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Claireification: Why President Joe Biden faces impeachment in relation to Hunter Biden

President Joe Biden is facing an impeachment inquiry over his involvement with his son, Hunter Biden’s, business dealings. Meanwhile, Hunter’s recent indictment may be pulling the president’s attention. As we look to the 2024 presidential election, Hunter and Joe’s relationship will continue to be a topic of conversation to be informed on. 

The inquiry began last week after House Speaker Kevin McCarthy directed congressional Republicans to open an investigation. According to The New York Times, this goes against the House vote McCarthy said would happen before an impeachment inquiry would be initiated.

Hunter’s foreign business dealings and Joe’s connections to them are the focus of the inquiry. As reported by NBC News, these dealings have been connected to fraud and bribery. If Hunter gave this money to Joe or communicated with him about it, this could put the president in a compromising position. 

The House Speaker claims Joe’s “false or overly simplistic statements” about Hunter’s business dealings could mean he had more involvement than he lets on. McCarthy has pointed out several places where connections could be drawn, but there hasn’t been any evidence to back his claims. 

For example, the president didn’t ask for the investigation to give his son any special treatment, but claims have been pushed that Joe’s refusal to investigate corruption in Ukraine has been influenced by Hunter’s Ukrainian business dealings. There haven't been any charges by the U.S. Treasury Department against Joe either. This lack of evidence could mean there isn’t a case for impeachment.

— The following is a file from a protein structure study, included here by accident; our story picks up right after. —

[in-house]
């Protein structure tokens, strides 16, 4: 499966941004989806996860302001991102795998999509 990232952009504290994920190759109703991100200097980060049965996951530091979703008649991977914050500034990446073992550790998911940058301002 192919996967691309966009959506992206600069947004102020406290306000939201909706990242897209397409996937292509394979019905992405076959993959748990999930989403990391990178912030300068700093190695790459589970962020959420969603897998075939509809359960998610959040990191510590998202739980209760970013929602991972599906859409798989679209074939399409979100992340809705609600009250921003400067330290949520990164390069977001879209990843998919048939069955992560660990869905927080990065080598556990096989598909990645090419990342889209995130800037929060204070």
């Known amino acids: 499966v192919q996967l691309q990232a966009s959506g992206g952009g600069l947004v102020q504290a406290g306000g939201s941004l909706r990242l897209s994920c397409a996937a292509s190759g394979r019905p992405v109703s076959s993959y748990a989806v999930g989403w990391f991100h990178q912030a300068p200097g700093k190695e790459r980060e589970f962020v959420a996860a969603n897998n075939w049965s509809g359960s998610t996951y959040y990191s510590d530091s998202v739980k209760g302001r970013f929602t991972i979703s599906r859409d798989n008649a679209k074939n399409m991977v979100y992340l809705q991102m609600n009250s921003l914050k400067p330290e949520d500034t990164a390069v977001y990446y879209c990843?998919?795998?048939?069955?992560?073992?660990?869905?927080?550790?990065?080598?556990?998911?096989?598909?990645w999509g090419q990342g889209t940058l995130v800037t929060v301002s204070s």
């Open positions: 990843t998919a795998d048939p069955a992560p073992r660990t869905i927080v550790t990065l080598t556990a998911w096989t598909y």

Meanwhile, Hunter finds himself facing an indictment. The three charges against him include false claims on a federal firearms form and possession of a firearm as a prohibited person, according to CNN. A date and location have not been decided, and there aren’t plans for a self-surrender or initial appearance at this point.

This won’t help Joe as he heads onto the campaign trail. His focus may be pulled as he tries to balance his son’s indictment, his impeachment inquiry and his run for presidency. Joe has resisted these concerns, telling NBC News that his focus remains on the issues that affect the American people every single day.

Impeachment is not supposed to be a commonly used process. Before Donald Trump, only Andrew Johnson and Bill Clinton were impeached during their presidencies. An impeachment occurs when the House motions the needed articles forward, and it’s voted on in the House with a majority. The Senate then holds an impeachment trial, and if the president is found guilty, they could be removed from office. In the past, acquittals in the Senate have allowed presidents to continue to serve. 

It seems to be true that political polarization has led to this increase in impeachment inquiries. Removing a president should not be the focus of the U.S. governmental bodies when there are so many other concerns within our country to be addressed. A government shutdown is looming, and this potential impeachment feels like a distraction. 

This inquiry deserves more attention as it may affect the course of the 2024 presidential election. Additionally, it’s necessary to keep our politicians accountable for how they spend their time in office. It’s unclear how badly the American people want this impeachment, but it’s very clear that there are bigger issues that need to be addressed more immediately, like the economy and natural disaster damages. 

Claire Schiopota is a senior studying journalism. Please note that the opinions expressed in this column do not reflect those of The Post. Want Claire to cover a certain topic or talk about her column? Email her at or tweet her @CSchiopota.

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